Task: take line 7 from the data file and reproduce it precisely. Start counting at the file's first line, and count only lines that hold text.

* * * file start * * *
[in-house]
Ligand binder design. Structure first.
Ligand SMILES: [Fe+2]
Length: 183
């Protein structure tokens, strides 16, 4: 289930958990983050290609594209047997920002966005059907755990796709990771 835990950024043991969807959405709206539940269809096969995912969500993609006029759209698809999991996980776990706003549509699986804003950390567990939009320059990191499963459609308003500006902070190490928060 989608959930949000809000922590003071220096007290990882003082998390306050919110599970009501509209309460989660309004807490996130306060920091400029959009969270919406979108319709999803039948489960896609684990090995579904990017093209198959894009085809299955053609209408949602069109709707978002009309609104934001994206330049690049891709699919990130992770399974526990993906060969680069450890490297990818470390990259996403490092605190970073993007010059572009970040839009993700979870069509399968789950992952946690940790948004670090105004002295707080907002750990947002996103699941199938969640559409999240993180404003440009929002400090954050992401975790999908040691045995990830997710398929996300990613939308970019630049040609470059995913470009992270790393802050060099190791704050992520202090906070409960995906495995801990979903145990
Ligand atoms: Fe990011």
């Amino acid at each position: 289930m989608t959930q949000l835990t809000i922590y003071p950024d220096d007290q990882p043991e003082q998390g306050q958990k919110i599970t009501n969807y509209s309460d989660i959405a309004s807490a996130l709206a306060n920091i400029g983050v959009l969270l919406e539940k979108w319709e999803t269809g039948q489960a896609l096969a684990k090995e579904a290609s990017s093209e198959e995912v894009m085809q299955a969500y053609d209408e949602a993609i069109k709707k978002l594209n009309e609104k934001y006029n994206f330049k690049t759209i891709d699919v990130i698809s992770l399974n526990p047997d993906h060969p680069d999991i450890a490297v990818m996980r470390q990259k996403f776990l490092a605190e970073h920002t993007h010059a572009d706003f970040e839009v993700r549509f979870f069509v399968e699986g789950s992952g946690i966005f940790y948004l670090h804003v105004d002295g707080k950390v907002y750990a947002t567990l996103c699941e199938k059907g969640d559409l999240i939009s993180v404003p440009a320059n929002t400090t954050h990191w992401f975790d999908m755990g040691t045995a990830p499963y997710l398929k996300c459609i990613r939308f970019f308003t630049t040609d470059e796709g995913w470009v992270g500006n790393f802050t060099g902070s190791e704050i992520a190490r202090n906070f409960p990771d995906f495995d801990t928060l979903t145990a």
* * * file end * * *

């Amino acid at each position: 289930m989608t959930q949000l835990t809000i922590y003071p950024d220096d007290q990882p043991e003082q998390g306050q958990k919110i599970t009501n969807y509209s309460d989660i959405a309004s807490a996130l709206a306060n920091i400029g983050v959009l969270l919406e539940k979108w319709e999803t269809g039948q489960a896609l096969a684990k090995e579904a290609s990017s093209e198959e995912v894009m085809q299955a969500y053609d209408e949602a993609i069109k709707k978002l594209n009309e609104k934001y006029n994206f330049k690049t759209i891709d699919v990130i698809s992770l399974n526990p047997d993906h060969p680069d999991i450890a490297v990818m996980r470390q990259k996403f776990l490092a605190e970073h920002t993007h010059a572009d706003f970040e839009v993700r549509f979870f069509v399968e699986g789950s992952g946690i966005f940790y948004l670090h804003v105004d002295g707080k950390v907002y750990a947002t567990l996103c699941e199938k059907g969640d559409l999240i939009s993180v404003p440009a320059n929002t400090t954050h990191w992401f975790d999908m755990g040691t045995a990830p499963y997710l398929k996300c459609i990613r939308f970019f308003t630049t040609d470059e796709g995913w470009v992270g500006n790393f802050t060099g902070s190791e704050i992520a190490r202090n906070f409960p990771d995906f495995d801990t928060l979903t145990a």